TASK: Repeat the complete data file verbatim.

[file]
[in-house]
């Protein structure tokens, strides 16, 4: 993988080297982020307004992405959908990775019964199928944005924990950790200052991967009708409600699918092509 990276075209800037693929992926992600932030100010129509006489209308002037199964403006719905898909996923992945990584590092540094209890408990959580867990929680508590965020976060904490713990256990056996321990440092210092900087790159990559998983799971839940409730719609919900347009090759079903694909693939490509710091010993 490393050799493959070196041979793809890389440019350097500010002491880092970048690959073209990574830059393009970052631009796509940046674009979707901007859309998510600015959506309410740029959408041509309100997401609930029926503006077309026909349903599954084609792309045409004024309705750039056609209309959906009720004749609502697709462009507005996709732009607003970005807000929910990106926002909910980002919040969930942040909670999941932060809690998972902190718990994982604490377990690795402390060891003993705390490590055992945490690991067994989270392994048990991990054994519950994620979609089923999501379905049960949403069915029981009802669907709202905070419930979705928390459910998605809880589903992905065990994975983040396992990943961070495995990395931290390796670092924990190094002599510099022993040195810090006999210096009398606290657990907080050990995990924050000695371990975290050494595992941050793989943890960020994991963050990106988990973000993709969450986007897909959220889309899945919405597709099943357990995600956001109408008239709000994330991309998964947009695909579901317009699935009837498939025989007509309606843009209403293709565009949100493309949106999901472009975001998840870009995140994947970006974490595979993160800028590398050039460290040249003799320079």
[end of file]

[in-house]
């Protein structure tokens, strides 16, 4: 993988080297982020307004992405959908990775019964199928944005924990950790200052991967009708409600699918092509 990276075209800037693929992926992600932030100010129509006489209308002037199964403006719905898909996923992945990584590092540094209890408990959580867990929680508590965020976060904490713990256990056996321990440092210092900087790159990559998983799971839940409730719609919900347009090759079903694909693939490509710091010993 490393050799493959070196041979793809890389440019350097500010002491880092970048690959073209990574830059393009970052631009796509940046674009979707901007859309998510600015959506309410740029959408041509309100997401609930029926503006077309026909349903599954084609792309045409004024309705750039056609209309959906009720004749609502697709462009507005996709732009607003970005807000929910990106926002909910980002919040969930942040909670999941932060809690998972902190718990994982604490377990690795402390060891003993705390490590055992945490690991067994989270392994048990991990054994519950994620979609089923999501379905049960949403069915029981009802669907709202905070419930979705928390459910998605809880589903992905065990994975983040396992990943961070495995990395931290390796670092924990190094002599510099022993040195810090006999210096009398606290657990907080050990995990924050000695371990975290050494595992941050793989943890960020994991963050990106988990973000993709969450986007897909959220889309899945919405597709099943357990995600956001109408008239709000994330991309998964947009695909579901317009699935009837498939025989007509309606843009209403293709565009949100493309949106999901472009975001998840870009995140994947970006974490595979993160800028590398050039460290040249003799320079």